That’s my takeaway from the Netroots Nation panel Intervention, Isolation, and the Future of Progressive Security Policy (watch the full panel in that link), which was moderated by Adam Weinstein of Mother Jones; and featured Tom Perriello (fmr. U.S. Representative for VA-5 and now president of the Center for American Progress Action Fund), Dr. Kristin Lord (here on her own behalf, but from the Center for a New American Security), Ali Gharib (of ThinkProgress), and Michael Hastings (a reporter for BuzzFeed and contributing editor for Rolling Stone whose coverage of Afghanistan forced the resignation of Gen. Stanley McChrystal). Like the Occupy Our Homes panel, this was a last-minute decision
Mr. Weinstein opened up with a question about what a progressive foreign policy looks like if President Obama wins a second term. To which nearly all the panelists argued that the President had not pursued a foreign policy based on progressive grounds but on realist grounds. However, they mainly argued for intervention on humanitarian grounds. At which point Mr. Hastings was given a chance to speak, and said: “I didn’t know there was a progressive security policy.” He made the point that to be included in the national security conversation, you have to be either a neocon or a liberal hawk, and folks like Ron Paul or Dennis Kucinich see their views sidelined by establishment thinking.
There was quite a lot of talk about “humane intervention”. When do we do it, when don’t we. Mr. Gharib pointed out that the Libyan intervention, and the pursuit of such wars via air strike avoid the responsibility for post-war order. Dr. Lord thought that the Libyan intervention had turned out to be the right call, though she was opposed at the time. Mr. Hastings said that the problem with “humane intervention” is that it’s only deployed when the principles align with strategic interests; witness the reluctance with Syria versus the active response against Libya. Mr. Perriello said that ultimately a large military interest will always trump a humanitarian interest.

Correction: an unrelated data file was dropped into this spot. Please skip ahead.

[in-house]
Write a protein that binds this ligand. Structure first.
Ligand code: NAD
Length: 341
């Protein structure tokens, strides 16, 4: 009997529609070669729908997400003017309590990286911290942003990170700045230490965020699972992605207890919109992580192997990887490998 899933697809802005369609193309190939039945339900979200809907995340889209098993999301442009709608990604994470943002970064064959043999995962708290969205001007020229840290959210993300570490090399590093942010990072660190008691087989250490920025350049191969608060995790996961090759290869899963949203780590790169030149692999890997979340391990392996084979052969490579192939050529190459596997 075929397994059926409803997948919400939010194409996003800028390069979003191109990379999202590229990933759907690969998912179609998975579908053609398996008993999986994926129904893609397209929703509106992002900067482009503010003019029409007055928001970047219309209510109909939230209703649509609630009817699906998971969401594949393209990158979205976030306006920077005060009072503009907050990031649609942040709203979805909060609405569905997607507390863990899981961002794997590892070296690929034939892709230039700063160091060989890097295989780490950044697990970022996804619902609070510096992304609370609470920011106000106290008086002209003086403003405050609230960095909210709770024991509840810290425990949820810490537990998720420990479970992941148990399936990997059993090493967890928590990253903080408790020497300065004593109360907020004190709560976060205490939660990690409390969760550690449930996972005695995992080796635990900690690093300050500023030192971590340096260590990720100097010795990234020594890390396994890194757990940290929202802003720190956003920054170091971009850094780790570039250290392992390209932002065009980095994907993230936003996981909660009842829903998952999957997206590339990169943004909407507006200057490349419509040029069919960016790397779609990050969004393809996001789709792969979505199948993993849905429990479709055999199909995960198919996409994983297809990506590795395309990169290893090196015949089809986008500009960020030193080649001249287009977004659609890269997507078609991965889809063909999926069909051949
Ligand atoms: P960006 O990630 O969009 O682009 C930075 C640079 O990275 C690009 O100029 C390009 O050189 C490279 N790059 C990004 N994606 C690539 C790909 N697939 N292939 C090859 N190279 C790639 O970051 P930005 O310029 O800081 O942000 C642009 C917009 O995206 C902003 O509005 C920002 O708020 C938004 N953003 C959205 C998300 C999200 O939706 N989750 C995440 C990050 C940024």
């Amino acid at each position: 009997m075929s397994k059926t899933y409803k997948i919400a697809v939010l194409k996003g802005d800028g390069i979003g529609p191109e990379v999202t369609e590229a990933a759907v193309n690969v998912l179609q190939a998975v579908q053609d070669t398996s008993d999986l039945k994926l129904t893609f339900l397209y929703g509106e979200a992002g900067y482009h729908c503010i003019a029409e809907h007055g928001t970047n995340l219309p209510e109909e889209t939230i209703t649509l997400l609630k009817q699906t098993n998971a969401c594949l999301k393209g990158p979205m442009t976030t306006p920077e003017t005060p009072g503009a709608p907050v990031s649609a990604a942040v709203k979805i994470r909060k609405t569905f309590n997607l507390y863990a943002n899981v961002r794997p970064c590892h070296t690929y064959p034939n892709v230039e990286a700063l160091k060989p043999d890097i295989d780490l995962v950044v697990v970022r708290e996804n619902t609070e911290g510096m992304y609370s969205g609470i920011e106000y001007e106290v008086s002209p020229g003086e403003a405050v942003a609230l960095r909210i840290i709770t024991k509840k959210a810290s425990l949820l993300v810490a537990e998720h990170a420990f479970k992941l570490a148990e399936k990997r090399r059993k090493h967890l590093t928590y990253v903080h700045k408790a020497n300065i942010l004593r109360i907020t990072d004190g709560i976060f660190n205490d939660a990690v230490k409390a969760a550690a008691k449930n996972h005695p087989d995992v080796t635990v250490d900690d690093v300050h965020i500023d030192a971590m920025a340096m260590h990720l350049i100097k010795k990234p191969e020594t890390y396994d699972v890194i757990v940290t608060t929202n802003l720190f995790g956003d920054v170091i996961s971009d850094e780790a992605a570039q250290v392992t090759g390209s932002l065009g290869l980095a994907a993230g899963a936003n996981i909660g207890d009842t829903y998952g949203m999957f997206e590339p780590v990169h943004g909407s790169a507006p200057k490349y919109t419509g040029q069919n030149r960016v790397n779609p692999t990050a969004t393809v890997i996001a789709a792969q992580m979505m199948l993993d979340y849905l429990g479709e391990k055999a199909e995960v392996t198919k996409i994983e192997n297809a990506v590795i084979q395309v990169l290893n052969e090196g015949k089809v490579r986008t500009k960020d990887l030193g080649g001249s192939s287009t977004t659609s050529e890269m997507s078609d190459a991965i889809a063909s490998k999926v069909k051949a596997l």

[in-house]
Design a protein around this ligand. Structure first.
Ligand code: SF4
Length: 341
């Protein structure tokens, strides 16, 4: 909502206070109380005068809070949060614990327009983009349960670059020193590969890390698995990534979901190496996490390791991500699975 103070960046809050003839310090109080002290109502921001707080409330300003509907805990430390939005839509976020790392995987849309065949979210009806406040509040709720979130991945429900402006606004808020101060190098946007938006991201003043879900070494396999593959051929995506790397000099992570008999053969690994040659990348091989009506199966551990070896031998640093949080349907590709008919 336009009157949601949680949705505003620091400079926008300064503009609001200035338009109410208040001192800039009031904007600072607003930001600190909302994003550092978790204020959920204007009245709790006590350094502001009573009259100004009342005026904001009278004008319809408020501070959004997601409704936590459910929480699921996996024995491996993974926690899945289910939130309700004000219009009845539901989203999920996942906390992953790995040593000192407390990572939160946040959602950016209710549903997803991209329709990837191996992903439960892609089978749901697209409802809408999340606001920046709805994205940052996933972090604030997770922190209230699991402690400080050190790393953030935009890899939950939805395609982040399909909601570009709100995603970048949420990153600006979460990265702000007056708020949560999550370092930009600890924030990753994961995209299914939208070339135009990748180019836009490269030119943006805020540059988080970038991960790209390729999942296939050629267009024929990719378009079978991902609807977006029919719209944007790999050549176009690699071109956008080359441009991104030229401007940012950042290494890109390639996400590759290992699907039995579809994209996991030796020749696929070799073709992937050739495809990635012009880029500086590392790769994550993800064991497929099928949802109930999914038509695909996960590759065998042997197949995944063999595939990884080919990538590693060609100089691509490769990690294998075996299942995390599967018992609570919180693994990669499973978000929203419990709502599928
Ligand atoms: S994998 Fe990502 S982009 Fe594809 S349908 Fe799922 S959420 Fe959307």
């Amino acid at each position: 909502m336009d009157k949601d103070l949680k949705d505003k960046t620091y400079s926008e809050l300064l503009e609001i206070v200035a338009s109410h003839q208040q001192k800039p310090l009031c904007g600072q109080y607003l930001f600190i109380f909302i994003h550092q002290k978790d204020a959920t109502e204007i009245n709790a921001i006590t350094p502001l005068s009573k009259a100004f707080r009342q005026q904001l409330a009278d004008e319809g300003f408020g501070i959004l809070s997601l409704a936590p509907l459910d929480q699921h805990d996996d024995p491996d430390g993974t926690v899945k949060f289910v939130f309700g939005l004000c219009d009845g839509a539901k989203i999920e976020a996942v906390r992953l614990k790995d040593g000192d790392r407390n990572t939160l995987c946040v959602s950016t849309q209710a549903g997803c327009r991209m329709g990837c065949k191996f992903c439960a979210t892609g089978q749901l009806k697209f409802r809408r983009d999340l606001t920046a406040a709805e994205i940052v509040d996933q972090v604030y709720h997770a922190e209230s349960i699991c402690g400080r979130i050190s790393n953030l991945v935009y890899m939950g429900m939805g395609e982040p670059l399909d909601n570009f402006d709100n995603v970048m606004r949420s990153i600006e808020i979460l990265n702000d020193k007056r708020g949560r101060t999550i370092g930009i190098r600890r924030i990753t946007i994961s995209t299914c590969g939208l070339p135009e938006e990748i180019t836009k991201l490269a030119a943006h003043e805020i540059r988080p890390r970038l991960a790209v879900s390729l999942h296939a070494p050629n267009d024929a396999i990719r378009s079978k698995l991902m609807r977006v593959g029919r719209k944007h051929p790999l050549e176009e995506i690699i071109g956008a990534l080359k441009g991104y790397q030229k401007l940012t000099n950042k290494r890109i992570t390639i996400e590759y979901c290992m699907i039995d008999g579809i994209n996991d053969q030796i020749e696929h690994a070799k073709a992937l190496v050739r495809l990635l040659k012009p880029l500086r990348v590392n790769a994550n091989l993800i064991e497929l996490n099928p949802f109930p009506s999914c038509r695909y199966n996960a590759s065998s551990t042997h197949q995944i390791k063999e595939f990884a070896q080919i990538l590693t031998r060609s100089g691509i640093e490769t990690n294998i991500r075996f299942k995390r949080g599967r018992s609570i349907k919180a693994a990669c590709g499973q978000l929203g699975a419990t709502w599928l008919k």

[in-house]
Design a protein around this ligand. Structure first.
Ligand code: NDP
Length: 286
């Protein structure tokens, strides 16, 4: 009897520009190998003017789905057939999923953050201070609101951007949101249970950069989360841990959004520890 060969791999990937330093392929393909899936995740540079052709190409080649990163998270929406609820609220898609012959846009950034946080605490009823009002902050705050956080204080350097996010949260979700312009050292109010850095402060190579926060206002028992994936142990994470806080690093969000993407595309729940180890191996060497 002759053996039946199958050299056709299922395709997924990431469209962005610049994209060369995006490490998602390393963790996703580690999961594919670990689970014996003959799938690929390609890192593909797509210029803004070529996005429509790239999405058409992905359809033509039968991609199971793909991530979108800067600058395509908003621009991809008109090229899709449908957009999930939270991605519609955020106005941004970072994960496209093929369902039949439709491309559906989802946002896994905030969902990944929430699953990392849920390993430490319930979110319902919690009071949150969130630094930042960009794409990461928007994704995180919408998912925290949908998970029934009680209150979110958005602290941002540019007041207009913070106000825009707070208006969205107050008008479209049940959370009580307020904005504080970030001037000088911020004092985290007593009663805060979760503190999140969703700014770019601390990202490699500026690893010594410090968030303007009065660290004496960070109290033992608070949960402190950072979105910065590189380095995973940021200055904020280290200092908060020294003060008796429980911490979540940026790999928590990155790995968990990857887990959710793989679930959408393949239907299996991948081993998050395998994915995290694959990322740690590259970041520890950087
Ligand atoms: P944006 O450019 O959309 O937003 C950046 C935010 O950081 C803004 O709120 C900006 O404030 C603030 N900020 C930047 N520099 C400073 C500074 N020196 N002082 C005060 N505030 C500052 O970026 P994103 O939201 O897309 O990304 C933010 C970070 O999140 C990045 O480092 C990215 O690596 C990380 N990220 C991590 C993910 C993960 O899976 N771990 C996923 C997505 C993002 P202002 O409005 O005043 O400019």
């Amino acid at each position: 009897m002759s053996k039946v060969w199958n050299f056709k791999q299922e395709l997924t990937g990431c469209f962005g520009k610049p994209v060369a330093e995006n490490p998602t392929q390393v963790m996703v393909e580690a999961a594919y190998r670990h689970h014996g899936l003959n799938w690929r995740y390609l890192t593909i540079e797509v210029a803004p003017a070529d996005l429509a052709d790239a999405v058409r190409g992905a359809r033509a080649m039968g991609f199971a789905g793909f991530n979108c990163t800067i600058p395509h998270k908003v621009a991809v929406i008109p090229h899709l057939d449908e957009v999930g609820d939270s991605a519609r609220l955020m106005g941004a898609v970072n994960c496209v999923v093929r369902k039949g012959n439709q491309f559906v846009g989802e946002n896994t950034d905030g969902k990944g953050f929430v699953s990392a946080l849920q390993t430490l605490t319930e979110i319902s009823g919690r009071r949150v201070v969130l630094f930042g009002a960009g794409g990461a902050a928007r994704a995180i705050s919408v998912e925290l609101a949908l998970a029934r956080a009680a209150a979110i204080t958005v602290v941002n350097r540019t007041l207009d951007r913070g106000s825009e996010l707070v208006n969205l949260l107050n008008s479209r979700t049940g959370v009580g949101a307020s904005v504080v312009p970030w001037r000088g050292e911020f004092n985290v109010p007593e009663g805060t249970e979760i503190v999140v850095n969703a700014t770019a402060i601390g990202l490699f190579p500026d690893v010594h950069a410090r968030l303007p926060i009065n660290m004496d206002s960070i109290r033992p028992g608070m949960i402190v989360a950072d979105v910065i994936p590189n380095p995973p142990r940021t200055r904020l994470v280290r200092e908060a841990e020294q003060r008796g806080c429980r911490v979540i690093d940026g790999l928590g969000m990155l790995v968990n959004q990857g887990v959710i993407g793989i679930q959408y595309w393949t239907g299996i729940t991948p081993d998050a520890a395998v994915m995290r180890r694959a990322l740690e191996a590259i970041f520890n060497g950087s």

The problem to me with the “humane intervention” argument is that it essentially ignores the views of the American people: 76% of Americans would cut the national defense budget. It’s pretty clear that Americans are consistently tired of focusing on military intervention. And yet, even as we have claimed that our military is advancing democracy around the world, our own government has been hesitant to advance democracy through other means: the Arab Spring caught us almost completely by surprise. I can think of no statement about Tunisia. I do remember the pathetic response to crackdown on the Egyptian Revolution by Hosni Mubarak. Instead of threatening to remove military support, the United States called for cellphone and internet service to be turned back on. Instead of saying we supported democracy, we said we supported “stability.”
Progressives have been incredibly acquiescent to the whims of a president who has a kill list, has assassinated American citizens while expanding the definition of “militant” to include anyone who happens to be shot, expanded a secret drone war, and who threw more troops into Afghanistan with no real purpose. When Mr. Hastings says he wasn’t aware there was a progressive security policy, it’s not because he hasn’t looked hard enough. It’s because when you scratch the surface, there’s nothing there.